Solved

Setting up dual monitor with one in GPU and one in Motherboard (Using ROG Crossblade Ranger)?

Any way to get this to work?
9 answers Last reply Best Answer
More about setting dual monitor gpu motherboard rog crossblade ranger
  1. Hello... YES, Typically you need to go into the BIO's and enable the Integrated AMD Radeon™ R/HD8000/HD7000 Series Graphics and exterior PCIe (both)... set some system memory for it, save and exit. Windows will see new hardware and want a driver for it.

    Right click the desktop-screen resolution and use this panel to set your primary and secondary monitor, settings and the details for how to use. You are basically adding more pixel real-estate to the OS desktop, when setting it up in "Extend" mode. You can manually move your secondary monitor icon to the left top right, or bottom of the primary location... I set mine to the middle left for my use... it's up to you and depends where you place your monitor on your desk, for a smooth mouse movement between the two.
  2. Where do I enable the Integrated Graphics within the BIOS?
  3. CombustibleLemons said:
    Any way to get this to work?


    Yes, but, really, don't. Run them both from your GPU.
  4. I can't, my second monitor doesn't support DVI
  5. Hello... I don't have your model... typically it will be in your MB manual and have seen it called 'integrated peripherals" in the past... it might be located where the modem and Sound chip switches are too.
  6. CombustibleLemons said:
    I can't, my second monitor doesn't support DVI


    What does the second monitor support and what ports does your GPU have? Also, which of those are you using for your first monitor.
  7. Not all mainboards support running both a video card output simultaneously with onboard video. It has to do with how the PCI BUS is integrated with the chipset. If it is supported, you should be able to find the settings in BIOS. various manufacturers have it in different places, but you're looking for something that mentions graphix or displays and enabling or setting an auto-detect function. Wish I could be more specific, but I didn't have all pieces of information

    However, it is usually recommended NOT to use both video card and mainboard. the video card and the onboard video would be different chipsets, and timing & sync of the displays would be slightly off. Some systems that offer this capability may only have a mirroring function.

    Your "second" monitor is most likely VGA, but possibly HDMI. Adapters for these are super cheap, and sometimes you can find thrift stores and IT businesses selling DVI to VGA and DVI to HDMI adapters for cheap. If your video card has 2x DVI ports, you'll probably notice that they are slightly different looking.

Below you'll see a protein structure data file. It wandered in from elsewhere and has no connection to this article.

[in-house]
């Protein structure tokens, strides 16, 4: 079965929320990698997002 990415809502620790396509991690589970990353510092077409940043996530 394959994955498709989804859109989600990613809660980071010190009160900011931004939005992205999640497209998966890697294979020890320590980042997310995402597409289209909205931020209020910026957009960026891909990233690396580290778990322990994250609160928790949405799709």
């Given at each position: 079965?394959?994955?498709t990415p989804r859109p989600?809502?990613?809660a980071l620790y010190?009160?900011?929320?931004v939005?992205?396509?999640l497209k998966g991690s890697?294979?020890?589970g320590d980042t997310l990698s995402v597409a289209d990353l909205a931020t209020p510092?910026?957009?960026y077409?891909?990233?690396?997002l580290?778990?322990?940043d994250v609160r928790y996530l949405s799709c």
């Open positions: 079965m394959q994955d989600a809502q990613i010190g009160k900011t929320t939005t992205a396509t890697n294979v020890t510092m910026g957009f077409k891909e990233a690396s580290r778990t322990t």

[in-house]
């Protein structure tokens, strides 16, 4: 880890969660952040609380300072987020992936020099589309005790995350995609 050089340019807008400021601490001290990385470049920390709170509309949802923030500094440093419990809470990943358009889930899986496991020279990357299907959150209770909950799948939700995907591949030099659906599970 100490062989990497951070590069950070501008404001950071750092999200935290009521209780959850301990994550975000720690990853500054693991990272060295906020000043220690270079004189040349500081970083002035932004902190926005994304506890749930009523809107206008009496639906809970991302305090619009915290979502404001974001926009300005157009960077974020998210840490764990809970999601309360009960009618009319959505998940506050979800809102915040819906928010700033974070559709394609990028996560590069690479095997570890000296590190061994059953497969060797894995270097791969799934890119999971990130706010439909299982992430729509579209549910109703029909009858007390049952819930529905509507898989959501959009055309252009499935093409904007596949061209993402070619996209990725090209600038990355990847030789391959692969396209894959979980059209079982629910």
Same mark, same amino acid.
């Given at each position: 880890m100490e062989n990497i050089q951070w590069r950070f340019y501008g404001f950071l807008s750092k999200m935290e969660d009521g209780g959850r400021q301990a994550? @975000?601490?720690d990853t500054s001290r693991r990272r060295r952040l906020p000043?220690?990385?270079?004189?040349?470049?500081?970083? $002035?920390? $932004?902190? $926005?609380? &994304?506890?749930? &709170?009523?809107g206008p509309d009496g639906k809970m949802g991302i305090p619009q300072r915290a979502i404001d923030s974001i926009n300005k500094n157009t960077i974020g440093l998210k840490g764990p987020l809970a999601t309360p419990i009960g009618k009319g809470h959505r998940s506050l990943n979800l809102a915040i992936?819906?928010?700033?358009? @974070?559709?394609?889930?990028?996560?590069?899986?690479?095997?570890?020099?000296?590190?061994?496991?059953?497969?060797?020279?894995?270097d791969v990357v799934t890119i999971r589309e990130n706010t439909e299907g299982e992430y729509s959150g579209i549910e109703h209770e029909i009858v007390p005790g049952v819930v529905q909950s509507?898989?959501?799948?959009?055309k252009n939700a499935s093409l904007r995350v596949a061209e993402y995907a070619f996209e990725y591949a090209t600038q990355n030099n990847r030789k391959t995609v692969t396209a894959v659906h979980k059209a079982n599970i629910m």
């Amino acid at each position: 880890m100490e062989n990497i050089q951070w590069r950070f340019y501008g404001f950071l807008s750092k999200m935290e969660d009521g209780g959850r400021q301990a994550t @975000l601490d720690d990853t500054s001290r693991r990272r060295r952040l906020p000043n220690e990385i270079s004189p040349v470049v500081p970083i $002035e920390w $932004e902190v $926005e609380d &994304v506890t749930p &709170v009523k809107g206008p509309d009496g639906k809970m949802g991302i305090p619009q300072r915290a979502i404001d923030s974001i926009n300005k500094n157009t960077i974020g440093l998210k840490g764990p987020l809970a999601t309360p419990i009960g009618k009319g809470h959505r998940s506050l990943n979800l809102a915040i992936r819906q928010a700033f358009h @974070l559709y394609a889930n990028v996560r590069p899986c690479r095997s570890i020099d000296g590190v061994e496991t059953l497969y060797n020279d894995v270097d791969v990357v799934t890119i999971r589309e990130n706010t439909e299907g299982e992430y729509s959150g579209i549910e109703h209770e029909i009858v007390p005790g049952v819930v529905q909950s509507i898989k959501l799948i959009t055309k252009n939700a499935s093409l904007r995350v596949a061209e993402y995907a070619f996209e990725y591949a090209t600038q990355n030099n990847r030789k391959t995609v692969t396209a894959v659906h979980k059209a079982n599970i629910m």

-The Blade only connections are digital only. You can find a DVI to HDMI adapter quite easily. However, no audio will pass through the HDMI connection of the monitor. it would be video only.

    -The cross and pin connections tend to have the analog function built-in. This is so a user can purchase a DVI to VGA adapter to connect 1x legacy analog VGA monitor.

    Check your ports and see if you can get a cheap adapter and use the monitors in the configuration you're planning on using.
  8. Doramius said:
    Not all mainboards support running both a video card output simultaneously with onboard video. It has to do with how the PCI BUS is integrated with the chipset. If it is supported, you should be able to find the settings in BIOS. various manufacturers have it in different places, but you're looking for something that mentions graphix or displays and enabling or setting an auto-detect function. Wish I could be more specific, but I didn't have all pieces of information

    However, it is usually recommended NOT to use both video card and mainboard. the video card and the onboard video would be different chipsets, and timing & sync of the displays would be slightly off. Some systems that offer this capability may only have a mirroring function.

    Your "second" monitor is most likely VGA, but possibly HDMI. Adapters for these are super cheap, and sometimes you can find thrift stores and IT businesses selling DVI to VGA and DVI to HDMI adapters for cheap. If your video card has 2x DVI ports, you'll probably notice that they are slightly different looking.

    -The Blade only connections are digital only. You can find a DVI to HDMI adapter quite easily. However, no audio will pass through the HDMI connection of the monitor. it would be video only.

    -The cross and pin connections tend to have the analog function built-in. This is so a user can purchase a DVI to VGA adapter to connect 1x legacy analog VGA monitor.

    Check your ports and see if you can get a cheap adapter and use the monitors in the configuration you're planning on using.


    Yup. This is where i was getting aswell.
  9. Best answer
    Hello... basically the VGA pins are located where the Cross "+" is... on the DVI-I connector, if pins are present, there could be "analog" signals there for a VGA connection... and low cost passive adaptor use.
Ask a new question

Read More

GPUs Dual Monitors Motherboards